For most of us recreational runners, the qualifying times are a bit daunting. I last looked at the qualifying requirements in my late 30’s and I would have had to do a marathon in under 3:45. At the time, my best marathon was about 5:15 so that’s some serious time to shave off.

So I put Boston on the shelf. Until this year.

In NY, I cut off 25 minutes from my previous personal best time. While not tooting my own horn, that is a good achievement for anyone. Let alone a middle-aged mother of two. After that race I got to thinking and just for fun decided to check Boston again.

If I wait until I’m 45, my qualfying time has to be 4 hours even. That, my math-challenged friends is only 30 minutes I’d have to shave off.

I’m not delusional, it is a big chunk of time to cut, but barring any injury (knock wood) or a serious falling out of love with running, I think I can do it.

Do you have any goals this coming year? Send me an email at and we’ll post them.

Run strong and remember to have fun.


Naked Running

Got your attention, didn’t I?  Sorry,  I’m a big believer that running is a fully clothed sport and cannot advocate running sans apparel.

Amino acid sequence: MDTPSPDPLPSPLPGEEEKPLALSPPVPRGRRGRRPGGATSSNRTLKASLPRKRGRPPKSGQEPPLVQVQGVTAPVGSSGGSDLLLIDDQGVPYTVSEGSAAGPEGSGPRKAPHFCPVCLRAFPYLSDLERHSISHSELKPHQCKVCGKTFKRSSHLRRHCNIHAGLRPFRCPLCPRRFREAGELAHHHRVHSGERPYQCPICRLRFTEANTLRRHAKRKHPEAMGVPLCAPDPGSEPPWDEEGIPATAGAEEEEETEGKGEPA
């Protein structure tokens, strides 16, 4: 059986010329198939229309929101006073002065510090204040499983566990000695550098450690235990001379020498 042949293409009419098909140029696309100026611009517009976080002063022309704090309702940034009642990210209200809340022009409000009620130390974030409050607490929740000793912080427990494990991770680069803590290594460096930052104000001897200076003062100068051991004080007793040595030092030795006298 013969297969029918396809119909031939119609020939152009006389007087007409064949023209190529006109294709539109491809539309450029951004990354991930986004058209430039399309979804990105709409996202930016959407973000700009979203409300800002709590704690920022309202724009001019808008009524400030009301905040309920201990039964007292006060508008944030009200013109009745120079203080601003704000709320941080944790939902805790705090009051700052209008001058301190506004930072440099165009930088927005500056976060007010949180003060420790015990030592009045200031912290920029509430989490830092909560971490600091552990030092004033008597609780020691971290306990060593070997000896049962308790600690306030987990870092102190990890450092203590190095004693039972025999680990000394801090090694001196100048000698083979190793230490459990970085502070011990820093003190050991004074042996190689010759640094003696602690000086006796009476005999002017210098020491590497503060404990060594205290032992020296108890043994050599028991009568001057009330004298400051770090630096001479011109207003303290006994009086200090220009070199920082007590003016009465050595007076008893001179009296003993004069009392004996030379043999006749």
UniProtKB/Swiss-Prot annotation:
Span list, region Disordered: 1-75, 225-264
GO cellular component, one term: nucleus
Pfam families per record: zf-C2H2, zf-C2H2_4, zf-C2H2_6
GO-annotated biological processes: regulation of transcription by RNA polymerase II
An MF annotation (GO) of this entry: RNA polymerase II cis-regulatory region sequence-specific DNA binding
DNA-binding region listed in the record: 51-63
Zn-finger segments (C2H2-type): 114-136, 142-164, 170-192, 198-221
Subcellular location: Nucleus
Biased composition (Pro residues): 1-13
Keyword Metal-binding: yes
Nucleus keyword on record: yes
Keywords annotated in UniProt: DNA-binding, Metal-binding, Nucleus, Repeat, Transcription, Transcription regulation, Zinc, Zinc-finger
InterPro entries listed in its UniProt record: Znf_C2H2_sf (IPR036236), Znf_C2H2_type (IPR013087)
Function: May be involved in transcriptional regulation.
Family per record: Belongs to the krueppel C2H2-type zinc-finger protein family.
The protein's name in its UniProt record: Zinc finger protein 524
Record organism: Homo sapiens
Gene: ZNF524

Nope.  Today’s topic is on the running blahs (you’ll understand the headline in a minute).  As some of you know, I completed the ING NY Marathon in early November.   I took three full days off before I resumed boot camp and running.  I felt strong, lean and incredibly fit.  For about two or three weeks.

Then it hit.  As it always does for me after a marathon.  I ‘m sure there is a technical term for it but I call it the Post-Marathon Blues, or PMB.    The first symptom of PMB is the desire to do anything but run.   Thinking about getting out and doing my usual 4 mile run was almost painful for me.